More Notes from the Boston Exhibit
The Lord of the Rings Motion Picture Trilogy – The Exhibition
(These haven't made it to the main character section yet. They may go away once I have the notes where they should be.)
Maggie / costumersguide
Maggie has a detailed review and sketches on her site. The focus is on the Chase and Requiem outfit.
Dermawoman - September, 2004
All the costumes are in semi-tubular display cases, some with back
Ann D - August, 2004
My take on Theoden's red shirt: Yep--burlap. Well, burlap in that it is thick thread, coarsely woven. But I'm convinced that it's silk. The drape, the sheen, well--I've been sewing for 30-40 years and I just know what silk looks like. So--silk burlap.
There was a lot of silk there. The "skirts" on much of the armor (I'm thinking of the stuff draping on the Haradrim--more silk "burlap"). Even Gandalf's robe (earlier sources said that it was a specially woven cotton, but the display said it was wool and silk). It makes sense, as much of the fabric was distressed to give it texture, and silk is strong enough to take the abuse. it ages beautifully. Especially in Gandalf's robe--this fabric was more than merely distressed. it had been tortured and abused and will need years of therapy ;-)
The underskirt on the Harad armor (think of the soldier who came to look at Frodo and Sam huddling under the cloak outside the Black Gate) was of a dull gold color, alternating woven and non-woven strips a little over 1/4 inch wide. It looked rather like ribbon held together by threads. This is easily done with custom weaving, as you weave a quarter inch, then put in a spacer (to be removed later), the weave some more. None weavers could tediously pull threads from the cloth to get the effect. The drapery on the lower part of the face was the same fabric but had been seriously distressed and textured.
The raised embroider yon the collar of Arwen's Chase Dress was actually an overlay piece--like a piece of heavy irregular netting. It could be duplicated by using a dissolving background like Solvy. Draw the pattern, and then follow it with a close zigzag stitch using a rayon embroidery thread. When finished, soak it in water to dissolve the support.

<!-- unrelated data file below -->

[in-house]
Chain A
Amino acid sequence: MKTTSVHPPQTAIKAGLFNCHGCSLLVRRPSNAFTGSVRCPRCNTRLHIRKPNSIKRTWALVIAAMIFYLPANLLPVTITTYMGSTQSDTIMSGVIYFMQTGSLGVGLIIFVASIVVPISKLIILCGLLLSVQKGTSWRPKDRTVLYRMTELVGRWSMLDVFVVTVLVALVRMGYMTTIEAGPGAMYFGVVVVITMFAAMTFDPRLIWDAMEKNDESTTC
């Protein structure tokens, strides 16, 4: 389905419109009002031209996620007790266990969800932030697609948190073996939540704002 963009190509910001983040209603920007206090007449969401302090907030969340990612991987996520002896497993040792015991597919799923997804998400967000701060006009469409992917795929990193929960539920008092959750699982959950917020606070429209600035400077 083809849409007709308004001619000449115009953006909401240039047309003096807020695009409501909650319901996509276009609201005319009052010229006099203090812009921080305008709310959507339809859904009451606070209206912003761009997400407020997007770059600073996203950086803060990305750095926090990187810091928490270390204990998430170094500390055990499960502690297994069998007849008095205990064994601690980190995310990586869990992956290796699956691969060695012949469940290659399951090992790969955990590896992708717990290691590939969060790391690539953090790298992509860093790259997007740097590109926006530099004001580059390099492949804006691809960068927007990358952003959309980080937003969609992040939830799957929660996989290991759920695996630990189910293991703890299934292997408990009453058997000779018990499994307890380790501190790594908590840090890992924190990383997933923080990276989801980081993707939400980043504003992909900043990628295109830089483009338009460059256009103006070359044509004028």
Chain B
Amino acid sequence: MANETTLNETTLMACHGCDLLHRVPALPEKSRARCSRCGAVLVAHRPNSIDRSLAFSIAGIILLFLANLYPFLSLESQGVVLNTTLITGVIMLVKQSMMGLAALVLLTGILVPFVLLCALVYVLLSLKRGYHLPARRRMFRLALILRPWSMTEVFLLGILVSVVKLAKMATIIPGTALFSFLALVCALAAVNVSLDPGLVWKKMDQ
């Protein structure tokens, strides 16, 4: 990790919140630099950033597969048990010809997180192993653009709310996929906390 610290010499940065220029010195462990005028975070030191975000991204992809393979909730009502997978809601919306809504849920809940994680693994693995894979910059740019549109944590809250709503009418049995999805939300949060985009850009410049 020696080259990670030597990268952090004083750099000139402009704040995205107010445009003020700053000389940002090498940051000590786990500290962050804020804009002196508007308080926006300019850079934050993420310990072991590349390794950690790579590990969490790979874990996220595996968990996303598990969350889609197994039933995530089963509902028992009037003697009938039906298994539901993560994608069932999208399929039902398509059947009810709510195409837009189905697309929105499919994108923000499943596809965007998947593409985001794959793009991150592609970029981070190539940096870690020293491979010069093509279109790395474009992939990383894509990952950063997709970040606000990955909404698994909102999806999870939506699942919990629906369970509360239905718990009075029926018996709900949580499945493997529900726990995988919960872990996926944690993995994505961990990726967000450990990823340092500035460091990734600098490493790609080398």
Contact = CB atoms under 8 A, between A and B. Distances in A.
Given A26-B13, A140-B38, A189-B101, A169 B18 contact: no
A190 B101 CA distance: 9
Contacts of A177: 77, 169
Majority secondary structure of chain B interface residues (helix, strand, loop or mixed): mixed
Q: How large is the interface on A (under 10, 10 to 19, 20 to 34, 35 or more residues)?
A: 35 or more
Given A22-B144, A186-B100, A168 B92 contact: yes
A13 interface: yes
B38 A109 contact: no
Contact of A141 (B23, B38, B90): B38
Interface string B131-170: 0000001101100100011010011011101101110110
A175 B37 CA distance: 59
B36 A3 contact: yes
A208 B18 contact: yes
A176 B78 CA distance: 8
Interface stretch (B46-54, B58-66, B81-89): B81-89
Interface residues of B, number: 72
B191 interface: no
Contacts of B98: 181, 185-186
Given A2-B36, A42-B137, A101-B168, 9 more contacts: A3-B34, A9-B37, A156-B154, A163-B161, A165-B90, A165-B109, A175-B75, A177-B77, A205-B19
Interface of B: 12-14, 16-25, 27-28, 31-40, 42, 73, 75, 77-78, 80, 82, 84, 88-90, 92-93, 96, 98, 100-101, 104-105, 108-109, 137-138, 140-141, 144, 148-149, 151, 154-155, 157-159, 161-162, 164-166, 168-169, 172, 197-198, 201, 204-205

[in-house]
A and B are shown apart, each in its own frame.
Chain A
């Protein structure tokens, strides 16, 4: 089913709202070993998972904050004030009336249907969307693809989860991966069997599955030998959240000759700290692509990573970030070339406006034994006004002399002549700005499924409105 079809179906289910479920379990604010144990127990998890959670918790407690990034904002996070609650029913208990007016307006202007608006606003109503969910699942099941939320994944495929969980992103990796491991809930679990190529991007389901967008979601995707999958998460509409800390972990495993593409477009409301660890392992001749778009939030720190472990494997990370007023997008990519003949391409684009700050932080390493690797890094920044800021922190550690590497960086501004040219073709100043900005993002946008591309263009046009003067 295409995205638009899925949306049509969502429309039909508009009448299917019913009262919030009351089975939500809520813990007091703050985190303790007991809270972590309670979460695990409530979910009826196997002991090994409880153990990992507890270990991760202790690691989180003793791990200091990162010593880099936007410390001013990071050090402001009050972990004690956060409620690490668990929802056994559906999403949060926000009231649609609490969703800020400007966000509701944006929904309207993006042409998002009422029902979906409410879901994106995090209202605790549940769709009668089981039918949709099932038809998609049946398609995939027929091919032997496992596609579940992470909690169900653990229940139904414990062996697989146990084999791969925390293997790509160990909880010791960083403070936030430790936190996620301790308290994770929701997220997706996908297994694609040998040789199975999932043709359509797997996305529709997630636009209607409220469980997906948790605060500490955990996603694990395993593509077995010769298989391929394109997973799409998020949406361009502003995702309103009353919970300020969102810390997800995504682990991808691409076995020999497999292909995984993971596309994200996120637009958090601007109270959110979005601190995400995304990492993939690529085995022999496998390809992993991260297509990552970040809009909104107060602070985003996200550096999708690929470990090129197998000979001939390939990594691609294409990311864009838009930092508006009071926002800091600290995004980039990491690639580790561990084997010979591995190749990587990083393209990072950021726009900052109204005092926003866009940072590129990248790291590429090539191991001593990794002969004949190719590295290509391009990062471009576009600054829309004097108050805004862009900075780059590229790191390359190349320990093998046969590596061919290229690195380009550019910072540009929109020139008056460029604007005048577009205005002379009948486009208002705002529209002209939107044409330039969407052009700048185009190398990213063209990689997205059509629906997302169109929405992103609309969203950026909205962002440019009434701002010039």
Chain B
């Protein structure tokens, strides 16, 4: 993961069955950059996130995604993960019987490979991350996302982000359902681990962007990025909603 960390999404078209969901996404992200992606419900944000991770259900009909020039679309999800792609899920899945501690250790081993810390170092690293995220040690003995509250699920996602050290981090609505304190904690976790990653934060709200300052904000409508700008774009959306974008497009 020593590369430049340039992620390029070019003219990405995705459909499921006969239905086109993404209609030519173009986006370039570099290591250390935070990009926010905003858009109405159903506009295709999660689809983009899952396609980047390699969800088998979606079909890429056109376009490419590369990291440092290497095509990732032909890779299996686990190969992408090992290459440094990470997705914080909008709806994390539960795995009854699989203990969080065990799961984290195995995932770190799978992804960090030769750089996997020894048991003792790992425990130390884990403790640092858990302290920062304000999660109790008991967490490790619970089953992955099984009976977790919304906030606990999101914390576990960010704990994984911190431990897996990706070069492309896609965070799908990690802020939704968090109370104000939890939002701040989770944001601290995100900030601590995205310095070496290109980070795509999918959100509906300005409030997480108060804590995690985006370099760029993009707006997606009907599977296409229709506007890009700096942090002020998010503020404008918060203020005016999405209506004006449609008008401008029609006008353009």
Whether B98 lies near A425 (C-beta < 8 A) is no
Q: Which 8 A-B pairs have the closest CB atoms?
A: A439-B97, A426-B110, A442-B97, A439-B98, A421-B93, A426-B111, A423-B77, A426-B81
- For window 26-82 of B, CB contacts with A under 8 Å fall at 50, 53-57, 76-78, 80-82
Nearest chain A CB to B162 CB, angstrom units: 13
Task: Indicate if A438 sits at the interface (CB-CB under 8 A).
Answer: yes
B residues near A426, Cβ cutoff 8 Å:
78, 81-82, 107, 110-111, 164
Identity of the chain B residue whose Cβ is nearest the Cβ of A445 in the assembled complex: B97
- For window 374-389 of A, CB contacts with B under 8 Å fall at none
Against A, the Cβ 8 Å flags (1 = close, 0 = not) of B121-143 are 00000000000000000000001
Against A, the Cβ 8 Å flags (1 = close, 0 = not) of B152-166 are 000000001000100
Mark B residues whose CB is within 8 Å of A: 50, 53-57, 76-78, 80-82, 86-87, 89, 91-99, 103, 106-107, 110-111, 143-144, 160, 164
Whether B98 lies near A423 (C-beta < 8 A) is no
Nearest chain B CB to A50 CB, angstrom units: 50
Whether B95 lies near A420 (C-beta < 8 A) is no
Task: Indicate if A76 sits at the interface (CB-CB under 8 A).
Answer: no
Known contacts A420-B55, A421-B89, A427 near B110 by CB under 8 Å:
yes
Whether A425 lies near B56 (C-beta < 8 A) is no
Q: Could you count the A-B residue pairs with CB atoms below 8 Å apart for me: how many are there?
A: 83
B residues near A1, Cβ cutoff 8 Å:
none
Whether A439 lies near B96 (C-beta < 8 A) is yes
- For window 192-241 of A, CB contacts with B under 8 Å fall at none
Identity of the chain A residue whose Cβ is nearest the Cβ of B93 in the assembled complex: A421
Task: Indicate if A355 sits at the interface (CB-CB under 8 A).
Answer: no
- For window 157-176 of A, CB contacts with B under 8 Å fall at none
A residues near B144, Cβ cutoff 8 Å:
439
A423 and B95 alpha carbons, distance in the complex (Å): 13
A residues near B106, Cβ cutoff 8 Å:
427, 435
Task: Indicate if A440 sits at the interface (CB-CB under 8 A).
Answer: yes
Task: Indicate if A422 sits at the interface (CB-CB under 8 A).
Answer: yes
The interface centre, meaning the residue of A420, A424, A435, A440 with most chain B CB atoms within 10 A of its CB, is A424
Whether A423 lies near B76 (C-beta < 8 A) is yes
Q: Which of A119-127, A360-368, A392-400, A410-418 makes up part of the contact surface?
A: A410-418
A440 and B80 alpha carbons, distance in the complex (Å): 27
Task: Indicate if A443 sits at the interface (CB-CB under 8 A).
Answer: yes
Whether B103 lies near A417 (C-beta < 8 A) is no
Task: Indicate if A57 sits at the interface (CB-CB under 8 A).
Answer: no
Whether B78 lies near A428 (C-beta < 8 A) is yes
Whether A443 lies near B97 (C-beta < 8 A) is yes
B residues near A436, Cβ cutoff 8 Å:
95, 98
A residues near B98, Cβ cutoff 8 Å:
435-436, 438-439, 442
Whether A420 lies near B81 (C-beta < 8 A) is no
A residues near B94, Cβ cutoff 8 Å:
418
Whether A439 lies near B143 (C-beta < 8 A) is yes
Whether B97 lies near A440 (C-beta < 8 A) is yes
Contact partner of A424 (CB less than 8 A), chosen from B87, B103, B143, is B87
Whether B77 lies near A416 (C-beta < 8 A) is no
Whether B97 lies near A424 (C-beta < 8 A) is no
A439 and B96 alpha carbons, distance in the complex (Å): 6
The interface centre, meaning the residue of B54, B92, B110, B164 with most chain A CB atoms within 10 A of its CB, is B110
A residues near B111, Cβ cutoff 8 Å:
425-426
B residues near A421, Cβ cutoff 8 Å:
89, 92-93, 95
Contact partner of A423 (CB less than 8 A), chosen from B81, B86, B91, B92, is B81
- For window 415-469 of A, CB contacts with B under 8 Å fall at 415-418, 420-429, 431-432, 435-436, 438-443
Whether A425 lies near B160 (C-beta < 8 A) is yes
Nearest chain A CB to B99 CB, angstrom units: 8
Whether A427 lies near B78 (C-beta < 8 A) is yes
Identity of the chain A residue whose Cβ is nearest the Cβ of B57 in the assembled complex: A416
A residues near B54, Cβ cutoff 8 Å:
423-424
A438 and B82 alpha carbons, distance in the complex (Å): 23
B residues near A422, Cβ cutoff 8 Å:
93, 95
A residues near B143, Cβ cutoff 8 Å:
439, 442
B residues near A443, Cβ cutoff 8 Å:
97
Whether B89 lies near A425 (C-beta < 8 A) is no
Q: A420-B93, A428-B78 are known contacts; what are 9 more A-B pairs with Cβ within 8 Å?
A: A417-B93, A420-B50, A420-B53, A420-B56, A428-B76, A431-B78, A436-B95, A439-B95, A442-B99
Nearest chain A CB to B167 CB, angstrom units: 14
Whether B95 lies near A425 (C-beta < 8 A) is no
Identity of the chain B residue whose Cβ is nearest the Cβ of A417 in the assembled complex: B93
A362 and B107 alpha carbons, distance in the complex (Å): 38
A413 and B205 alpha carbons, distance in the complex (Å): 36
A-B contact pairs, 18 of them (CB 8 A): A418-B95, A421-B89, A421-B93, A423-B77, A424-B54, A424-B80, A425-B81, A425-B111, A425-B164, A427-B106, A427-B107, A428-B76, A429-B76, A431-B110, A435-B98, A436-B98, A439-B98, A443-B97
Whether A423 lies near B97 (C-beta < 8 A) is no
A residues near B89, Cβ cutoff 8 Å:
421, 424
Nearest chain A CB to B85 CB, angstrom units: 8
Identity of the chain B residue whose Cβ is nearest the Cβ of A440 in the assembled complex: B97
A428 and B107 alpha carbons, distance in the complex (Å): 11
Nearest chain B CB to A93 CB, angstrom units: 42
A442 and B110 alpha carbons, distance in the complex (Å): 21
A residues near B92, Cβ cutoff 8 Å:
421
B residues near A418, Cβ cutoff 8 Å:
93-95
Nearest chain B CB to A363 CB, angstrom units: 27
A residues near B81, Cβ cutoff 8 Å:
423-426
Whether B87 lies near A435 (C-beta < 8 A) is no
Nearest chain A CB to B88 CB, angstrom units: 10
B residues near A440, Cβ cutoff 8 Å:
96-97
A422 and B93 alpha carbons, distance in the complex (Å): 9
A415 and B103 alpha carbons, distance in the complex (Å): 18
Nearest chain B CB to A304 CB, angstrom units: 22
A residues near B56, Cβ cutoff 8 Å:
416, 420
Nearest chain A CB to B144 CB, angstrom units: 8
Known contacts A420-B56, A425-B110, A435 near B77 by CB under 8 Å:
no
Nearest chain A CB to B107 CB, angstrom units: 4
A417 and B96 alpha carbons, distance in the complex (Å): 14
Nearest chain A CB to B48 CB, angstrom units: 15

Cynthia - August, 2004
Yesterday I saw the LotR exhibit at the Science Museum in Boston. I was interested to note that on the Elrond crown that they had there, on the back edges were glued black elastic button-loop tape. Two sections per side, about 2" long each, with one loop hanging down where it could be seen from the side. I expect they used bobby pins to pin it onto the hair, or perhaps used the loops to sew it onto whatever hair weaves or wigs were used.
Aya - Opening August, 2004
Just to add my two cents after seeing the exhibit last night/today and spending an awful long time staring at the sleeve...
The only thing I can say for certain is that it is NOT cut on a bias. The grain of the fabric is perfectly parallel with the seam where it attaches to the upper sleeve. It is also perfectly parallel with the hem of the sleeve at the end of the sleeve for at least part of the way, but down towards the bottom the edge of the sleeve must curve in just slightly, because you could just make out the grain running ever so slightly into the seam where a fold of it was peeking out. Additionally, I couldn't make out any stitches in the hem... but given that it's a brocade and the thread catches a bit in the light, plus given that it was a bit beat up and some threads were sticking out, it's hard to say. I stared and stared...
Certainly the lower sleeve is sewn shut at least at the top part, and Daniel says that he saw that it was open down below at the exhibit. I didn't see this at the Boston exhibit, but you also couldn't see that part pf the sleeve so I can't say for sure. From seeing all the photos and the Boston exhibit, my personal opinion is that the sleeve is shaped almost exactly as the concept art, and that in the running to Elrond scene, the inside (curved) seam was stitched and gathered up (http://www.warofthering.net/movies/photos/tttspeciallarge/imagepages/image177.shtml ) to keep it out of the way... but let out in the blue screen (/rotk poster) shots.
There is this photo: http://www.theonering.net/scrapbook/view/11543 Which would suggest that there is a red burlapy undershirt with the green overlayer. The green overlayer is in two parts, as in the exhibit, in the back, the bottom edge of the red shirt protruded from under the armor at the waist. The suede that the leg scales are attached to bled onto the green underlayer (and the green underlayer is lined in a slightly lighter green fabric). The bottom hem of the red shirt was not hemmed (or if it was, the hem has disintegrated). The wrists of the red layer looked like they were finished with an overlock? (Not sure if this is the right word? It looked like it was done by hand... where you take the thread through the look of the previous stitch and the stitches loop over the edge of the fabric?) stitch in burgundy thread.
The pants are some sort of brown twill-type fabric, and have suede patches on the inside of the legs for riding. I couldn't tell if they were full seat or only went up to mid thigh (look at pictures of breeches to see what I mean).
After looking at this at the exhibit, I have to disagree with the description on ACS. The outside and the inside of the sleeve are two different fabrics. The outer fabric of the sleeves are a brocade with a sort of abstract leaf shape. The inner side is a small, floral brocade. This is the same brocade that is on the placket/collar of the under-robe & the piping on the outer robe.
The belt is all edged in white soutache
This page was last updated 04/22/08